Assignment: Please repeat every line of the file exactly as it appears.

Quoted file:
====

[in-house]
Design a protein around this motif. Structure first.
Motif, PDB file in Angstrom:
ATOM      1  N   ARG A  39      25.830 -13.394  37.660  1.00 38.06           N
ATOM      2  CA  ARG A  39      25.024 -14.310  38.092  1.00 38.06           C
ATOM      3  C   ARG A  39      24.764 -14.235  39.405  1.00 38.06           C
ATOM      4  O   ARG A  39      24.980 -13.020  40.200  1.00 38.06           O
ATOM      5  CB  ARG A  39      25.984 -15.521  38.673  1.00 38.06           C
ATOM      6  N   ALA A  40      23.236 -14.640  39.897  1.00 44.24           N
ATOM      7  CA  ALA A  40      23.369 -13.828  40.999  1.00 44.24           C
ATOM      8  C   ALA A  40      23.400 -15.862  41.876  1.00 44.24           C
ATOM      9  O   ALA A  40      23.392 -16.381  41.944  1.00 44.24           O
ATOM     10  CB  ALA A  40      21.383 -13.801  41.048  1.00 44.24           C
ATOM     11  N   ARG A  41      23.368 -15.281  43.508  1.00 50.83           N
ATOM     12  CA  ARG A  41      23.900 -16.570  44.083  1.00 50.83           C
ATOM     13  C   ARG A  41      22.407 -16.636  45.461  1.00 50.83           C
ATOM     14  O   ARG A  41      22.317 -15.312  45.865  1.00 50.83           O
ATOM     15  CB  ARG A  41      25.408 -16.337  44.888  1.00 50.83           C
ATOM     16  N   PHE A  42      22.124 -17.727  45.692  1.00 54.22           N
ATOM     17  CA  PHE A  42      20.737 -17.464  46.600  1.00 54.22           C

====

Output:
[in-house]
Design a protein around this motif. Structure first.
Motif, PDB file in Angstrom:
ATOM      1  N   ARG A  39      25.830 -13.394  37.660  1.00 38.06           N
ATOM      2  CA  ARG A  39      25.024 -14.310  38.092  1.00 38.06           C
ATOM      3  C   ARG A  39      24.764 -14.235  39.405  1.00 38.06           C
ATOM      4  O   ARG A  39      24.980 -13.020  40.200  1.00 38.06           O
ATOM      5  CB  ARG A  39      25.984 -15.521  38.673  1.00 38.06           C
ATOM      6  N   ALA A  40      23.236 -14.640  39.897  1.00 44.24           N
ATOM      7  CA  ALA A  40      23.369 -13.828  40.999  1.00 44.24           C
ATOM      8  C   ALA A  40      23.400 -15.862  41.876  1.00 44.24           C
ATOM      9  O   ALA A  40      23.392 -16.381  41.944  1.00 44.24           O
ATOM     10  CB  ALA A  40      21.383 -13.801  41.048  1.00 44.24           C
ATOM     11  N   ARG A  41      23.368 -15.281  43.508  1.00 50.83           N
ATOM     12  CA  ARG A  41      23.900 -16.570  44.083  1.00 50.83           C
ATOM     13  C   ARG A  41      22.407 -16.636  45.461  1.00 50.83           C
ATOM     14  O   ARG A  41      22.317 -15.312  45.865  1.00 50.83           O
ATOM     15  CB  ARG A  41      25.408 -16.337  44.888  1.00 50.83           C
ATOM     16  N   PHE A  42      22.124 -17.727  45.692  1.00 54.22           N
ATOM     17  CA  PHE A  42      20.737 -17.464  46.600  1.00 54.22           C